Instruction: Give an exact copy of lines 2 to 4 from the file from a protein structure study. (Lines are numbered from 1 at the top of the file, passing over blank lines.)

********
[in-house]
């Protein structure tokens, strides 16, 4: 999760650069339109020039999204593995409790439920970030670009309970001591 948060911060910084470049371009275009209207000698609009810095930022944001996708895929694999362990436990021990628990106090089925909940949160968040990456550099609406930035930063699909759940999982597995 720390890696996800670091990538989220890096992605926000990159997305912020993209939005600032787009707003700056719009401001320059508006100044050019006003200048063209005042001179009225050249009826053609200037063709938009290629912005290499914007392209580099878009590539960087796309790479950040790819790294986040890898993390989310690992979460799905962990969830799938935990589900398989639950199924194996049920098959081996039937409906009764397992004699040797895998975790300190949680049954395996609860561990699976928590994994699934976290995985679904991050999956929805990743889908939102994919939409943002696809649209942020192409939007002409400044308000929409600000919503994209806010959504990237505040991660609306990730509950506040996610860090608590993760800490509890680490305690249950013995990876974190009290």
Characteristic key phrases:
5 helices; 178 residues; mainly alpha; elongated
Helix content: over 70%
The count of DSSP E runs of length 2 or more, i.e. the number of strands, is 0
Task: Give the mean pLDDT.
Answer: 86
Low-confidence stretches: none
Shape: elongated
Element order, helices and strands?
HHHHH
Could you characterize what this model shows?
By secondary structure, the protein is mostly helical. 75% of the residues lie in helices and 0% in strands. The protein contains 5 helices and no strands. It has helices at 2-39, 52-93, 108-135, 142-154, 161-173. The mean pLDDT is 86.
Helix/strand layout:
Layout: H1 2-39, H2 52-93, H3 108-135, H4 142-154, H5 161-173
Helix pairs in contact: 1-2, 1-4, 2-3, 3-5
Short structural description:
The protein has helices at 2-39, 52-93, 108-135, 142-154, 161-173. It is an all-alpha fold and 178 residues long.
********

């Protein structure tokens, strides 16, 4: 999760650069339109020039999204593995409790439920970030670009309970001591 948060911060910084470049371009275009209207000698609009810095930022944001996708895929694999362990436990021990628990106090089925909940949160968040990456550099609406930035930063699909759940999982597995 720390890696996800670091990538989220890096992605926000990159997305912020993209939005600032787009707003700056719009401001320059508006100044050019006003200048063209005042001179009225050249009826053609200037063709938009290629912005290499914007392209580099878009590539960087796309790479950040790819790294986040890898993390989310690992979460799905962990969830799938935990589900398989639950199924194996049920098959081996039937409906009764397992004699040797895998975790300190949680049954395996609860561990699976928590994994699934976290995985679904991050999956929805990743889908939102994919939409943002696809649209942020192409939007002409400044308000929409600000919503994209806010959504990237505040991660609306990730509950506040996610860090608590993760800490509890680490305690249950013995990876974190009290």
Characteristic key phrases:
5 helices; 178 residues; mainly alpha; elongated